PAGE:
Remember that big debate over how the IRS should treat carried interest, in which certain agitators (hello mirror) argued that such profits more closely resemble ordinary income than capital gains? Well, it effectively ended last night at 11pm ET, when Barack Obama corralled his 270th electoral vote.
Momentum for such a change stalled late last year, due largely to vocal opposition from President Bush and GOP Congressman Tom Reynolds. It also didn’t hurt that private equity was wiped off the front pages by credit concerns, but this was more about political power than political posturing.
Now, however, the playing field has been dramatically altered. Bush will be replaced by Obama, who signaled 18 months ago that he supports a change to carried interest tax treatment. The retiring Reynolds will be succeeded by another Republican (Chris Lee), but not by one with nearly the same seniority or influence. Plus, the Democrats will have much stronger majorities in both houses of Congress.
All of this adds up to carried interest being treated as ordinary income, perhaps by as early as 2009.
I’ve already heard some PE pros downplay the possibility, believing that this is an issue that has been forgotten behind the back burner. Moreover, they argue that the cap gains rate is going to rise regardless, so the marginal increase of shifting carried interest will do little to raise federal revenues (particularly given how little carried interest will actually be generated next year).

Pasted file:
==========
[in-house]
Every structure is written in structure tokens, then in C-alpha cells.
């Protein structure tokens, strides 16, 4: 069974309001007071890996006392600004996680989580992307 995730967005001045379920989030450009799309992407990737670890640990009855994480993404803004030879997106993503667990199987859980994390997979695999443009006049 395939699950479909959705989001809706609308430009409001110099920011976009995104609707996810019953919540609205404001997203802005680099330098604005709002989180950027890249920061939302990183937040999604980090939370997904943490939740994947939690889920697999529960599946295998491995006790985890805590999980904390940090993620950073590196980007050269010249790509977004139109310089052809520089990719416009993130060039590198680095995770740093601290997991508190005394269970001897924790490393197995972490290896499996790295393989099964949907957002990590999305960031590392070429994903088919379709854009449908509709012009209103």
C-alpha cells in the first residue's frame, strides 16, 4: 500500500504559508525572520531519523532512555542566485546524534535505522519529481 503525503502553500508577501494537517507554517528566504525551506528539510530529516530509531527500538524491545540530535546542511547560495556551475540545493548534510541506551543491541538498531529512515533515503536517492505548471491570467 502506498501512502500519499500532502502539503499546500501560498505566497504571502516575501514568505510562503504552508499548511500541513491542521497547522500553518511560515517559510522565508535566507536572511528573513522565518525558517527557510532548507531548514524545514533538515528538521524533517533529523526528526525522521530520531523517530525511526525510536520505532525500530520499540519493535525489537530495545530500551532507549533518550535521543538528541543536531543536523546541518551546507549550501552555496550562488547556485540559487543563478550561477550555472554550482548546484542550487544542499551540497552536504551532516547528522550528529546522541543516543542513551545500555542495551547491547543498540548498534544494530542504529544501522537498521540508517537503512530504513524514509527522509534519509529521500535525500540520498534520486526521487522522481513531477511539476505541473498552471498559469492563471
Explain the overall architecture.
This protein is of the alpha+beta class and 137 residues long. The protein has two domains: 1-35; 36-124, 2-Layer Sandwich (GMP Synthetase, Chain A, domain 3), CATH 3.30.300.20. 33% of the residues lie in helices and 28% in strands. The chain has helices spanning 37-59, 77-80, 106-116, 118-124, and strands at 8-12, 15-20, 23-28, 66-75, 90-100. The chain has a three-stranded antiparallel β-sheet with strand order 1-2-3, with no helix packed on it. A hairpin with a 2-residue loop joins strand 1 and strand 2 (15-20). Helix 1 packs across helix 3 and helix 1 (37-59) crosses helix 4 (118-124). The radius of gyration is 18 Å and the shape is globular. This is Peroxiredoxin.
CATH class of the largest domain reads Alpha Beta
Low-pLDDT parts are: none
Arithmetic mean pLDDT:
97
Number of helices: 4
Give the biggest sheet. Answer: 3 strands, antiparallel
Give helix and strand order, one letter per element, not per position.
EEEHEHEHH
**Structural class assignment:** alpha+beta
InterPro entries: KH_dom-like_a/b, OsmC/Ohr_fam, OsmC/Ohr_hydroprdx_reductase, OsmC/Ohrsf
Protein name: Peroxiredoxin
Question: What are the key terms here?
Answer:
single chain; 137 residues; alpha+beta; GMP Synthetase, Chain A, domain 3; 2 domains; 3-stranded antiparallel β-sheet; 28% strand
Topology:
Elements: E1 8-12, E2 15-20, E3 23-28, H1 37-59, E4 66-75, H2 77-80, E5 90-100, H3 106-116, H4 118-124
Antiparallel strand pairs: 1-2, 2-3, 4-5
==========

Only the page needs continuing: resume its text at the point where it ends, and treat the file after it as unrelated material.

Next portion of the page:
All good arguments, but not good enough. The public optics of this move still works for Democrats, and I’m not expecting much self-restraint from Charlie Rangel, Barney Frank, Sandy Levin, et all. Alan Patricof acknowledged as much during our keynote interview in Quebec City last Tuesday, when he said investors were fooling themselves if they didn’t expect the carried interest issue to be resurrected.
What may be particularly interesting to watch will be how the matter could further cleave the venture capital and buyout industries. Both industries structure their funds the same way, and would theoretically be affected equally by a change to ordinary income. But last year we saw the National Venture Capital Association try to argue that its members should be excluded from any rules change, because venture capital is a force for good while buyouts are a force for evil. Well, they weren’t quite so explicit, but that was the undercurrent. In fact, one NVCA member said that the group had intentionally not joined lobbying forces with the Private Equity Council, in order to maintain its pristine independence.
VCs have reason to think Obama might be sympathetic to them, as his economic plan includes a capital gains exclusion for investments in “small businesses.” This could lead to all sorts of wrangling over just what will constitute a “small business” going forward, and could even prompt some multi-stage VC firms to refocus on early-stage investments.
But that’s all speculation. All we know for sure is that carried interest and capital gains are soon to part. And pardon me for saying so, but it’s about time.